Put the Canadian flag first
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The Maple Leaf has been our flag for 55 years, and always comes first in our hearts. But federal rules say it doesn't always come first on the flagpole. Ottawa requires the Maple Leaf be demoted for royal and vice-regal flags. That decree needs to change to ensure our flag always takes precedence, honouring the people and the nation it stands for.
When any lieutenant-governor, governor general, or royal family member is on hand, the Maple Leaf is required to move to a lesser flagpole or be taken down completely. This happens even atop the Peace Tower on the First of July, an insult to the country on its very birthday.
The rule applies not only to the flags of the sovereign and his or her representatives, but to banners of some 20 members of the British royal family. The Maple Leaf must surrender its place to the flag of disgraced Prince Andrew; to the one of 30-year-old Princess Eugenie. It's bumped for that of Prince Richard, the Duke of Gloucester (England), grandson of George V--four monarchs and 110 years ago. The same goes for the flag of Princess Alexandra, who is 53 places away from the throne. Ottawa says their flags all take priority over Canada's. That's plain wrong.
All told, at least 30 banners of individuals officially force the flag of our nation from top spot.
We call on the Prime Minister and the Department of Canadian Heritage, which promulgates this rule, to change it, putting the Canadian flag first at all times in its own country, regardless of who happens to be nearby. Personal flags may certainly be flown, but never in a position superior to the Maple Leaf.
And there's more:
Federal rules currently require the British Union Jack be flown at all federal facilities for occasions when more appropriate flags should be used:
- Commonwealth Day (March). The Commonwealth has its own flag, one of Canadian inspiration, which should be employed to mark the day instead of the British flag.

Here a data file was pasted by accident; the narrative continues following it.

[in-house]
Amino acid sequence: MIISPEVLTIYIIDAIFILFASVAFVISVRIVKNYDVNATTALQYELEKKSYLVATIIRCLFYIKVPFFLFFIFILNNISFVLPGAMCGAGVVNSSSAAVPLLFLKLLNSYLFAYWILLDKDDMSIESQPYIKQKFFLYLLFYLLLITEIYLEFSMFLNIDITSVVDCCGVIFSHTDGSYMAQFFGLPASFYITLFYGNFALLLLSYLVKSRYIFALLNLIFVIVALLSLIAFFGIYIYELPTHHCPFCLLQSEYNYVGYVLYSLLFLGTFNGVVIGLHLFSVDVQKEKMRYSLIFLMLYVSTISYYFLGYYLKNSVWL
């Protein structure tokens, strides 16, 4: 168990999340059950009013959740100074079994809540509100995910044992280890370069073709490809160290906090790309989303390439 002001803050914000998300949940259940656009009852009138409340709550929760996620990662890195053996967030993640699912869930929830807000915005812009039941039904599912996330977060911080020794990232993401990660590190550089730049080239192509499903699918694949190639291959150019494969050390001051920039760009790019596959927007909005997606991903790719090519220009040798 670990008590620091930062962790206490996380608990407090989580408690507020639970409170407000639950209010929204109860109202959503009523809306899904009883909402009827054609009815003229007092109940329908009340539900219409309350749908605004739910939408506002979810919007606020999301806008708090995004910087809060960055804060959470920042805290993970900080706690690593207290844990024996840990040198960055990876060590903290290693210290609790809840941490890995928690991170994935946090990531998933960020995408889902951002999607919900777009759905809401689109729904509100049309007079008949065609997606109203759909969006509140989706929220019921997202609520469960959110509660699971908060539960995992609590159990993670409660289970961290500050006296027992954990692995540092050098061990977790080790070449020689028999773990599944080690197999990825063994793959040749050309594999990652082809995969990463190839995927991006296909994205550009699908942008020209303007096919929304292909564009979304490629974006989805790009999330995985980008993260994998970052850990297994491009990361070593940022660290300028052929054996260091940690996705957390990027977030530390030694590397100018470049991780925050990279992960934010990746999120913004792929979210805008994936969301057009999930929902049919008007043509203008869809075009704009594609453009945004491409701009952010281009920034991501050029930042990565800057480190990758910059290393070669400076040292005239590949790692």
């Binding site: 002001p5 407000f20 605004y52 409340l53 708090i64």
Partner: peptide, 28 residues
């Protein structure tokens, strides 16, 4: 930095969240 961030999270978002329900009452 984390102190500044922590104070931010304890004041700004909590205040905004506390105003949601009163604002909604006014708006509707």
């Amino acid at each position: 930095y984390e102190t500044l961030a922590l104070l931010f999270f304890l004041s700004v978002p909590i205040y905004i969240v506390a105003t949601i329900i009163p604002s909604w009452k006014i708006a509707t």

- Victoria Day (May). The day officially marks the birth of Canada's sovereign, not Britain's, so the Canadian flag should be flown, not Britain's.
- The Anniversary of the Statute of Westminster (Dec. 11). The law which gave Canada independence from Britain ought to be marked by flying the Maple Leaf, not the flag of the country from which we gained independence.
No legislation is needed to realize any of these changes. But it is appropriate that Parliament strike that part of the 1964 Flag Act making the British flag a "symbol of membership in the Commonwealth and allegiance to the crown." This was written before the Commonwealth adopted its own flag in 1976, following a design made in Ottawa, at the initiative of Pierre Trudeau and Arnold Smith. Use of the British flag for Commonwealth purposes furthermore confuses allegiance to Canada with allegiance to Britain. There is no longer a need to give official status to the flag of a single, foreign member of the Commonwealth, when that body has had its own banner for over 40 years.
Finally, the position of honour for the Canadian flag should be simplified, so that, when flown with other flags, it always flies on the left, from the audience's viewpoint (the "flag's own right"). Current rules place it sometimes left, sometimes in the middle, resulting in confusion and, often, obstruction of the Canadian flag by others on either side of it.
There's no better gift we could give our beloved Maple Leaf flag than to ensure it always takes the same place on the flagpole that it has in our hearts--First.
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